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Computing how humans think

By Christine Buckley, CLAS Today

At the end of his freshman year, undecided engineering student Jeff Rodny was trying to decide what to choose as a major. He knew that there were two fields he was interested in: programming and psychology.

So, naturally, he went to Wikipedia to see what he could find. To his surprise, he discovered a field that combined both of his interests.

Now, when asked to explain the basics of cognitive science, his major in CLAS, Rodny breaks into laughter, as if to say at once, “That’s a great question,” and, “What isn’t cognitive science?

“There are all different types of cognitive scientists,” he says, describing the field as a meld of psychology, philosophy, computer science and neuroscience, all focusing on the brain and how intelligent beings process information.

“We think we know a lot about the brain, but there’s so much we don’t know,” he says. “I want to be a part of that.”

Being “a fairly good programmer,” Rodny decided to pursue degrees in both cognitive science in CLAS and computer science and engineering in the School of Engineering. He started doing research with psychology associate professor Whitney Tabor at the end of his freshman year, where he learned the basics of how to model small groups of neurons.

Tabor also introduced him to the laboratory of psychology professor Letitia Naigles, where he began pursuing some different work. With Naigles, Rodny wrote a program that could be used to analyze the eye movements of infants viewing different objects in a preferential looking experiment. This attention data can help psychologists understand how children begin to learn at a young age, and are useful for recognizing pathologies, such as autism. Naigles used Rodny’s program to analyze data for a conference talk and still uses it regularly in her laboratory.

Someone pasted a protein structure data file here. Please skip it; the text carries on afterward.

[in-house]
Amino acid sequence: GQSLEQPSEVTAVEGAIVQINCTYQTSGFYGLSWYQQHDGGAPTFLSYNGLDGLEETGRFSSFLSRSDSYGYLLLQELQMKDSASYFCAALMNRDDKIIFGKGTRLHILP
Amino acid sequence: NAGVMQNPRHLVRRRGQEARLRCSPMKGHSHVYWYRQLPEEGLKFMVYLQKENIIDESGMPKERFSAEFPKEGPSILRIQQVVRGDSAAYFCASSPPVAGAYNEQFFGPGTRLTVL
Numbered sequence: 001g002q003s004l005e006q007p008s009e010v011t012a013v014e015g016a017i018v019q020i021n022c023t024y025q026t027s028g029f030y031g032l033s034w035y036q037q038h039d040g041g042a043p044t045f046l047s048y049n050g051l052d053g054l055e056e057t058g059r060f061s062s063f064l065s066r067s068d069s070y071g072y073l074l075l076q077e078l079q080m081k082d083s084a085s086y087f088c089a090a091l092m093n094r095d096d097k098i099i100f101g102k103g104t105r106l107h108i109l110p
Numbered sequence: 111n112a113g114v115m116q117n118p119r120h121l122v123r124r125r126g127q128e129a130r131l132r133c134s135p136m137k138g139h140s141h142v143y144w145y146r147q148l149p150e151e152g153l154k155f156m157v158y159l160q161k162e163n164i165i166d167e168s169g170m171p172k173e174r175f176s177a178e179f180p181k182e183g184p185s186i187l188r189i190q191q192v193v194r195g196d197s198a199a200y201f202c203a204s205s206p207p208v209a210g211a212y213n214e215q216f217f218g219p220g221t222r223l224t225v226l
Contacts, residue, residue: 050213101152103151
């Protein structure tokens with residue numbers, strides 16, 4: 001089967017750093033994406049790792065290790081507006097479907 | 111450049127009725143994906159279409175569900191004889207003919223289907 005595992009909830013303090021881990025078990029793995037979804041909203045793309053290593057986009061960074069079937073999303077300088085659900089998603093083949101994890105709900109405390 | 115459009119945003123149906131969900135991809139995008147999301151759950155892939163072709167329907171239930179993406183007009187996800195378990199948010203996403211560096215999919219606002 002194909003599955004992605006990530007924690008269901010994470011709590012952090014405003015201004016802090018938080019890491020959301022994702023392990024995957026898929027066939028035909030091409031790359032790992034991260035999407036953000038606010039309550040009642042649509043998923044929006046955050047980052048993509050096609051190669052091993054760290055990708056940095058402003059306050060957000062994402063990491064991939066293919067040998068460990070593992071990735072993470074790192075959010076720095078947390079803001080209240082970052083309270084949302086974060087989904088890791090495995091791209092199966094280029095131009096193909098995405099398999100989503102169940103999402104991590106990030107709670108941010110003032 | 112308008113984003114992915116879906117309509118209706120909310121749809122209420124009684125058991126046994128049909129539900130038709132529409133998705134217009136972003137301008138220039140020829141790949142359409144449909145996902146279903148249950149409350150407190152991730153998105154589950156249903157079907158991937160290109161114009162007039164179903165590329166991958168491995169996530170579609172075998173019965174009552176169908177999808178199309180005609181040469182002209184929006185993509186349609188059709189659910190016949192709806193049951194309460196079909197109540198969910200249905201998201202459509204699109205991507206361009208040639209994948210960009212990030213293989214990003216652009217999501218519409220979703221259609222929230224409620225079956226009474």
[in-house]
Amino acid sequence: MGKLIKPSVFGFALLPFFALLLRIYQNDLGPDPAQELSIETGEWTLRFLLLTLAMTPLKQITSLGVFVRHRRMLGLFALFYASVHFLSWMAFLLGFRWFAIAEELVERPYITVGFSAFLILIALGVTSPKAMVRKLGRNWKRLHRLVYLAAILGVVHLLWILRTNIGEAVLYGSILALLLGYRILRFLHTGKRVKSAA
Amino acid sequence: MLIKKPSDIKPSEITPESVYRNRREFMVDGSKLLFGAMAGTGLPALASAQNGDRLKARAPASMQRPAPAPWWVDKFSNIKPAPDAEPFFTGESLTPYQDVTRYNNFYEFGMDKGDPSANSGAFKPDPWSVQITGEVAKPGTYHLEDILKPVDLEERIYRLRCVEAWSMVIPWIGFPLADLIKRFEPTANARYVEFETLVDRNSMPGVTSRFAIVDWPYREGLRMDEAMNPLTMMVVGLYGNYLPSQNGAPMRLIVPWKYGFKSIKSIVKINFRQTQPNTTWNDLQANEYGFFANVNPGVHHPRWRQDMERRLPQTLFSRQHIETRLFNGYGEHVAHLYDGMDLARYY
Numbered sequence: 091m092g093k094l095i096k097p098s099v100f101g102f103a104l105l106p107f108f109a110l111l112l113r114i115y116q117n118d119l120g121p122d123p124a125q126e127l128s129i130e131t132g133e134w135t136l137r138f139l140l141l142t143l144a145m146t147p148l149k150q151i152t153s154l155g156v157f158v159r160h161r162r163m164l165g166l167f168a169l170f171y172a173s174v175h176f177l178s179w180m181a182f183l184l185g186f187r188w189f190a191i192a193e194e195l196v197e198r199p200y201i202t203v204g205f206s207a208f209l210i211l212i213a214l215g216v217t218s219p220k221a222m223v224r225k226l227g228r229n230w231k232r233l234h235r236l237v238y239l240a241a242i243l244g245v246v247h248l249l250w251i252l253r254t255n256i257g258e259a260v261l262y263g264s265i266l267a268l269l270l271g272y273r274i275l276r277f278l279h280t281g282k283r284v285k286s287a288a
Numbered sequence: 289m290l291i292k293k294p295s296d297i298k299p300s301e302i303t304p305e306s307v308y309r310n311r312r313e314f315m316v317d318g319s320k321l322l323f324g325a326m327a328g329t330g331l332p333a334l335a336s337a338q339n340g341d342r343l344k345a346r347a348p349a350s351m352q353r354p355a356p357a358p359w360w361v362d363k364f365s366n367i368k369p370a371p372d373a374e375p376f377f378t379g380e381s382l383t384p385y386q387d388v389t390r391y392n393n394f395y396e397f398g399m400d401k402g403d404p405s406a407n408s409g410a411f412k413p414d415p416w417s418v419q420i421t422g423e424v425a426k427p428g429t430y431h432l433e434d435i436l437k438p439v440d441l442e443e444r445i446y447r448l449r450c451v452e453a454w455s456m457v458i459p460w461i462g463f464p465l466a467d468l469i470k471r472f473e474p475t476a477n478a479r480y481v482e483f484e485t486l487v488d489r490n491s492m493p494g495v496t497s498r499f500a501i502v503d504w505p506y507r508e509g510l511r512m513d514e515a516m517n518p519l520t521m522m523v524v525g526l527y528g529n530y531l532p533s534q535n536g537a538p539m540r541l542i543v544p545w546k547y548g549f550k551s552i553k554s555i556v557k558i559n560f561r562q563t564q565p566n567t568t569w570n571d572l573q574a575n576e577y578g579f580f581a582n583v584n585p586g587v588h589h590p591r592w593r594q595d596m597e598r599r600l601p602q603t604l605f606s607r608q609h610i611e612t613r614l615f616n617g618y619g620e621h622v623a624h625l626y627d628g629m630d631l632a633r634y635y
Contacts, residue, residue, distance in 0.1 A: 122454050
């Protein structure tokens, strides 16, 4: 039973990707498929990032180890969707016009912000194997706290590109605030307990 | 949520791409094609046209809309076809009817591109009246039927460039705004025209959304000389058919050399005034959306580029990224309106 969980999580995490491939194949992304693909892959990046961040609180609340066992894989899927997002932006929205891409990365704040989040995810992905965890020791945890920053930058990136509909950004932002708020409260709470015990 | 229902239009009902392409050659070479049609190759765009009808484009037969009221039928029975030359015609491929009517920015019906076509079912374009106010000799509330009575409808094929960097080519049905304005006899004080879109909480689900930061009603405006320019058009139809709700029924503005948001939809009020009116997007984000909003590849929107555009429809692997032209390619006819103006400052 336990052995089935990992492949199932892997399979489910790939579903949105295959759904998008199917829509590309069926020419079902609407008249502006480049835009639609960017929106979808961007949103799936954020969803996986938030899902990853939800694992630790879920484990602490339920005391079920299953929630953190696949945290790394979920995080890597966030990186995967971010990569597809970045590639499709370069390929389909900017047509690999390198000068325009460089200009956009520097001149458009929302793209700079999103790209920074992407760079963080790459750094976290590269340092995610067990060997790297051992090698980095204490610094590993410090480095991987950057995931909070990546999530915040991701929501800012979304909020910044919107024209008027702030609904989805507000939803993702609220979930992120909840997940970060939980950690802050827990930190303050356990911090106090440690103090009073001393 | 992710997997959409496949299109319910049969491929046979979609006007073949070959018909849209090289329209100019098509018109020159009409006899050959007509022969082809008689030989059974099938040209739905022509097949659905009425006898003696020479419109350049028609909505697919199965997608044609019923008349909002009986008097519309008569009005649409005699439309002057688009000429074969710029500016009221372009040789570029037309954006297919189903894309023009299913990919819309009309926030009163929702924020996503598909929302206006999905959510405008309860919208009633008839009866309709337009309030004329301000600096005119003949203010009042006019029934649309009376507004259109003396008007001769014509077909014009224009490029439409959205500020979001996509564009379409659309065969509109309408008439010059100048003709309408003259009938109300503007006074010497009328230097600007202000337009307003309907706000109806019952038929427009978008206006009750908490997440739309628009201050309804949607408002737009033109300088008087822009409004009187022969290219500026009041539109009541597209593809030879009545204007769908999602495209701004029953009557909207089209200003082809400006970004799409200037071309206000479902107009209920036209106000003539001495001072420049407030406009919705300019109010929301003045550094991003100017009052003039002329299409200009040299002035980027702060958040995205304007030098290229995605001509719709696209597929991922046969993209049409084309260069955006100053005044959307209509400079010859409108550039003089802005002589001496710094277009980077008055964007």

Rodny worked with Tabor on his senior thesis, which involved creating computer programs that simulate neural networks in the brain of a child. Rodny describes his work as similar to the video game “The Sims,” in which people have varying motivations for different actions. These motivations can be difficult to integrate into brain models.

“We made a fun neural network that has two or three urges,” he says, such as the need to eat, the need to have fun, and the need for exercise. His model network needed to be able to juggle these motivations and make appropriate decisions. Rodny and Tabor think it’s possible that this model of simple thinking could reveal brand-new motivations created by the program itself.

“Jeff has done a super job combining his interests in biology and engineering with important questions about how human beings think,” says Tabor. “He’s done excellent work on this project.”

Rodny says that he’s very happy he got out of the classroom and started talking to professors early on in his college career, which led to the beginning of his research endeavors during his freshman year.

“Research is just fun,” he says. “When I do research with a professor, it’s nothing like a lecture. You’re one-on-one, and both working together as peers. They’ll say, ‘Do you think this is a good idea?’ That’s what’s really cool about it.”

Rodny has been accepted to the University of California at Merced’s cognitive science PhD program, which he will begin in the fall. His ultimate goal is to become a professor and conduct his own research.

Although he is looking forward to Merced, the Manchester native says he will definitely miss New England and the fall. And he’ll miss his UConn experience, which he says was more diverse than he ever could have hoped.

“There are so many opportunities here,” he says. “I’m really glad I didn’t go to an engineering school, because I was able to take all these different kinds of classes here. In fact, I’m kind of upset that I didn’t take astronomy.”


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